I stayed that night at a pleasant but cheap motel in Port Clinton. I had two days left in my journey to Cleveland. The Port Clinton area sits on a peninsula, and there is only one bridge, a limited access freeway that prohibits bicycles, from the end of that peninsula to the mainland. I decided to bicycle the five miles east from Port Clinton to the beginning of the bridge, and then seek some alternate way across. Online I looked for taxis, and I found this interesting guy with a limo to drive me and the bicycle the six miles across that bridge for twelve dollars. We chatted and found common ground. He told me his daughter is going to UNC law school!
I started bicycling again the other side of the bridge. Marshes along Lake Erie can be quite wild and beautiful.
I biked through several Ohio towns along Lake Erie.
I turned slightly south of the Lake towards a town that seemed like it might be a nice place to spend my last night before arriving Cleveland. Oberlin, Ohio’s principal industry is Oberlin College. Both the town and the college have embraced progressive causes from way back. Oberlin played a big part in the abolitionist movement. Oberlin was the birthplace of the Anti-Saloon League, which successfully lobbied for Prohibition. (Can you believe prohibition was once a progressive cause?). Oberlin College has been in the news more recently, pushing stringent and specific rules about what “consent” means in sexual encounters between students. (“Is it OK if I unclip your bra now?”) Oberlin College must be a very good college; I have two (smart!) friends that went there; my brother-in-law George and my good friend Gail from Blacksburg.
As a college town that seems mostly college, Oberlin OH perhaps is what Chapel Hill NC was like fifty or sixty years ago, when pretty much everything revolved around the college.
I ate a baba ghannouj and hummus for a late lunch downtown at this excellent Middle Eastern restaurant.
I stayed at a crummy Airbnb on the outskirts of town, housed in this trashy building.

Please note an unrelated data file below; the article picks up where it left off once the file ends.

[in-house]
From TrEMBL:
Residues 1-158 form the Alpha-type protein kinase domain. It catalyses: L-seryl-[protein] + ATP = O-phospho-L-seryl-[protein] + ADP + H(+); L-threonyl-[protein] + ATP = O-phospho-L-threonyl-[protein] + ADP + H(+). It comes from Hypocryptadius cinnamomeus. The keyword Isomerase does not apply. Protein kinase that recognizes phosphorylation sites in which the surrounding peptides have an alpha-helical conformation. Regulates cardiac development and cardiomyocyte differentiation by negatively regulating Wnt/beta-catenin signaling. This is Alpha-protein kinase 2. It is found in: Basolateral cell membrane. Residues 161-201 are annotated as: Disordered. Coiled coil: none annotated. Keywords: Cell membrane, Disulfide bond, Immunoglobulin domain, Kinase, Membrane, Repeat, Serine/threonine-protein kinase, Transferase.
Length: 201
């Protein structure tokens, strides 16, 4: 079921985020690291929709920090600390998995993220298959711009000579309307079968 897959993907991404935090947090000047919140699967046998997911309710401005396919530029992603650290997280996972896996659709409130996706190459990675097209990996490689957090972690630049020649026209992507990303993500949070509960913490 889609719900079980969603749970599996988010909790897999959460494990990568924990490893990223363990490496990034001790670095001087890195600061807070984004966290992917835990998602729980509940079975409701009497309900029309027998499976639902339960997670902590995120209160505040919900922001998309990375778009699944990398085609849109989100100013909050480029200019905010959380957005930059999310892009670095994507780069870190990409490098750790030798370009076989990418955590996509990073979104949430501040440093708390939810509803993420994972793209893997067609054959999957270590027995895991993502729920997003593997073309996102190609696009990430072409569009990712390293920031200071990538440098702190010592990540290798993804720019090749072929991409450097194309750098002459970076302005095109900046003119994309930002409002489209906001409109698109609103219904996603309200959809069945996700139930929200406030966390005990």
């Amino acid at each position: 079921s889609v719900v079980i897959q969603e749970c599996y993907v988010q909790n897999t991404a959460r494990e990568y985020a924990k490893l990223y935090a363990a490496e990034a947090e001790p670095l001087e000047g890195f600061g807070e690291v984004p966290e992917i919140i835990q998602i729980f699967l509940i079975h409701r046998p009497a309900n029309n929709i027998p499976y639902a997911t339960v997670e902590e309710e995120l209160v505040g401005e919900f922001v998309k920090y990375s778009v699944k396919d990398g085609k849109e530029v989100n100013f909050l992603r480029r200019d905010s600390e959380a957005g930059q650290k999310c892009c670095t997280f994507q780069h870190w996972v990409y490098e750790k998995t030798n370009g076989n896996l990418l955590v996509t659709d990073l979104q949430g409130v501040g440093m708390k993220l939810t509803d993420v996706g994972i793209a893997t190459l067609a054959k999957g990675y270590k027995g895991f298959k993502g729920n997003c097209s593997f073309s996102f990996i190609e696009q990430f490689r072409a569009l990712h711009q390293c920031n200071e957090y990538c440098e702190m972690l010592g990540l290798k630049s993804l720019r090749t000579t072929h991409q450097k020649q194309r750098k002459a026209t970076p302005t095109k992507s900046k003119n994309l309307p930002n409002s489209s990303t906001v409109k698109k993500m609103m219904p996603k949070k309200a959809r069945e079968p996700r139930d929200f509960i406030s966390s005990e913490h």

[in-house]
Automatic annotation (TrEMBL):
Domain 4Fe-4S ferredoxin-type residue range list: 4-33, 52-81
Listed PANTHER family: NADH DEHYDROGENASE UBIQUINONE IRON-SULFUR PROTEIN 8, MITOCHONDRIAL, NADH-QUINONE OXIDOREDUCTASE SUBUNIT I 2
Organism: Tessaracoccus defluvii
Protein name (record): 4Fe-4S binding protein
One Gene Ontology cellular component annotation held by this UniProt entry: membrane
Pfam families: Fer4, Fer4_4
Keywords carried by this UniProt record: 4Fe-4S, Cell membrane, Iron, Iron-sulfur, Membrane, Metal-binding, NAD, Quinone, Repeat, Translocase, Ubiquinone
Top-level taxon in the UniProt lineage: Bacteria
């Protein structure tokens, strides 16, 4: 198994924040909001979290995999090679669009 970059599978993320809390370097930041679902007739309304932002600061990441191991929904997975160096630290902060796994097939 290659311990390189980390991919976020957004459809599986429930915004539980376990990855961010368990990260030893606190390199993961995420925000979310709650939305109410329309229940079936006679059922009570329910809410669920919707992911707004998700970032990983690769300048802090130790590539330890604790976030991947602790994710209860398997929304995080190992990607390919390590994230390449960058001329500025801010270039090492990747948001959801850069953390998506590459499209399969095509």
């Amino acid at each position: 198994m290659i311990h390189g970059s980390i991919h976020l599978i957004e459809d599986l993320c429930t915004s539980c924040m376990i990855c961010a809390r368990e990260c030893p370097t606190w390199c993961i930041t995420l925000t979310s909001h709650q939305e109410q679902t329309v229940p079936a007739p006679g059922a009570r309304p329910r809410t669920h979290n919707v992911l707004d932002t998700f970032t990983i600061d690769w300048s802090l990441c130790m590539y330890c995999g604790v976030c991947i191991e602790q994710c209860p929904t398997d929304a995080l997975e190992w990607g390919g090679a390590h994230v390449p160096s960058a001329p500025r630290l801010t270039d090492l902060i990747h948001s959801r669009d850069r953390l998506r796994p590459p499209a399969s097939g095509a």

I waited for the rain to stop and biked back into downtown for dinner. I had this place’s version of eggplant parmesan, eaten while talking to interesting people at the bar.
The next day I only had about thirty-five or forty miles left to get to my goal for this trip, the lovely city of Cleveland, Ohio. Gordon and Jan live in Brecksville, Ohio, about fifteen miles southeast of downtown Cleveland. Gordon works as a computer consultant for various locations of the Cleveland Clinic. His current posting was at their largest location, located in mid-town Cleveland, about six miles east of downtown. We agreed that I would bicycle to his work site and be there when he got off work at 3:00 PM. From there we would put my bicycle in his car and drive back to his house.
Heading out of Oberlin, there is a nice rail trail for about ten miles in the direction of Elyria, the North Coast Inland Trail.
Elyria has a civil war monument, just like the ones you see in almost every Southern town, but it was for the other side!
There was the interestingly modernist Elyria Baptist Church, right next door to the Elyria Historical Society building.
One of the slowdowns of bicycling through an urban area like the suburbs of Cleveland is that I normally have to stop and look at Google Maps every five or ten minutes, carefully looking for a route that stays off major roads.
I lucked out on this trip; Detroit Road was never particularly full of traffic and I bicycled it for over twenty miles, all the way from the outskirts of Elyria to the center of downtown Cleveland.
Cleveland is huge. Even though I was now in the city limits, it was would be about six miles to downtown. Later, after many miles through the city, I could finally see downtown off in the distance. I was still on Detroit Road.
There is a nice bike path on the bridge across the Cuyahoga River.
Like Chicago, Cleveland has amazing buildings.
I had time to kill, so I stopped in a downtown coffee house, and spent almost an hour sipping a latte. Things felt so much more cosmopolitan than they had just a couple of hours and five miles earlier. “Elvis Costello” sat off in the corner.
There is a six mile gap between Downtown and the University Circle area, where Gordon’s job was located. University Circle is home of not only Case Western Reserve University, but also the Cleveland Clinic, and Severance Hall; home of the Cleveland Orchestra.
I had bicycled this six mile stretch back in about 2004. Then it was almost all semi-abandoned heavy industry, sort of frightening, really. Since then it has radically changed. It is now either vacant land or Big Medical. The Cleveland Clinic stretches for more than a mile.
Thanks to cell phones Gordon and I found each other easily. We drove to his house in Brecksville and I spent two days hanging with him. His wife Jan and son Thomas were out of town. We looked at birds through his Leica binoculars. On the second morning he dropped me off at a rental car agency near his house, from where I drove back to my home in North Carolina. Gordon posed for a picture with my bicycle.